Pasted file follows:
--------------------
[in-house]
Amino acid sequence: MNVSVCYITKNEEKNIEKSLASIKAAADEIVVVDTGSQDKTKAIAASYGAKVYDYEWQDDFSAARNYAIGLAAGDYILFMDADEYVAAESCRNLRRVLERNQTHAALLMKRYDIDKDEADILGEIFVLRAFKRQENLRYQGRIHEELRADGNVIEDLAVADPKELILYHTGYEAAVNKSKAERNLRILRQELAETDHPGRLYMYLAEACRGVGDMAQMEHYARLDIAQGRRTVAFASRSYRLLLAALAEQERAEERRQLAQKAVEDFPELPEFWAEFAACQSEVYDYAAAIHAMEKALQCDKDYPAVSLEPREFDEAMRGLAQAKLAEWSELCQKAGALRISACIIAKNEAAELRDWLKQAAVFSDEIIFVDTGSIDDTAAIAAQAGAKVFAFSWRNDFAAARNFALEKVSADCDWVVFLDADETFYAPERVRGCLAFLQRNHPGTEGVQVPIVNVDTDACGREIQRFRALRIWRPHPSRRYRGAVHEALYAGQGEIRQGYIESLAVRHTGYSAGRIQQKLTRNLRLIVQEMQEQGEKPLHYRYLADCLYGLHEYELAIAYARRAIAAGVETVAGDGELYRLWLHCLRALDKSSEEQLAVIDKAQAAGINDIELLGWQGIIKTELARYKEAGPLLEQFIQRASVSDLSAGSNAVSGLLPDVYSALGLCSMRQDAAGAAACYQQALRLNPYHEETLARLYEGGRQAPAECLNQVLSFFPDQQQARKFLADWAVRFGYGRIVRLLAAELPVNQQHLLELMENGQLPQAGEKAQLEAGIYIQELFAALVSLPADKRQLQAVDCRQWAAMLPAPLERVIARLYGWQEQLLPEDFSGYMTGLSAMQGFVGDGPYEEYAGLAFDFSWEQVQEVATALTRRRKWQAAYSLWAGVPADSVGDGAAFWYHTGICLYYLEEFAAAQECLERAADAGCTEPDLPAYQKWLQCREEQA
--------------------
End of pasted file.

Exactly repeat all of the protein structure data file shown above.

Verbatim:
[in-house]
Amino acid sequence: MNVSVCYITKNEEKNIEKSLASIKAAADEIVVVDTGSQDKTKAIAASYGAKVYDYEWQDDFSAARNYAIGLAAGDYILFMDADEYVAAESCRNLRRVLERNQTHAALLMKRYDIDKDEADILGEIFVLRAFKRQENLRYQGRIHEELRADGNVIEDLAVADPKELILYHTGYEAAVNKSKAERNLRILRQELAETDHPGRLYMYLAEACRGVGDMAQMEHYARLDIAQGRRTVAFASRSYRLLLAALAEQERAEERRQLAQKAVEDFPELPEFWAEFAACQSEVYDYAAAIHAMEKALQCDKDYPAVSLEPREFDEAMRGLAQAKLAEWSELCQKAGALRISACIIAKNEAAELRDWLKQAAVFSDEIIFVDTGSIDDTAAIAAQAGAKVFAFSWRNDFAAARNFALEKVSADCDWVVFLDADETFYAPERVRGCLAFLQRNHPGTEGVQVPIVNVDTDACGREIQRFRALRIWRPHPSRRYRGAVHEALYAGQGEIRQGYIESLAVRHTGYSAGRIQQKLTRNLRLIVQEMQEQGEKPLHYRYLADCLYGLHEYELAIAYARRAIAAGVETVAGDGELYRLWLHCLRALDKSSEEQLAVIDKAQAAGINDIELLGWQGIIKTELARYKEAGPLLEQFIQRASVSDLSAGSNAVSGLLPDVYSALGLCSMRQDAAGAAACYQQALRLNPYHEETLARLYEGGRQAPAECLNQVLSFFPDQQQARKFLADWAVRFGYGRIVRLLAAELPVNQQHLLELMENGQLPQAGEKAQLEAGIYIQELFAALVSLPADKRQLQAVDCRQWAAMLPAPLERVIARLYGWQEQLLPEDFSGYMTGLSAMQGFVGDGPYEEYAGLAFDFSWEQVQEVATALTRRRKWQAAYSLWAGVPADSVGDGAAFWYHTGICLYYLEEFAAAQECLERAADAGCTEPDLPAYQKWLQCREEQA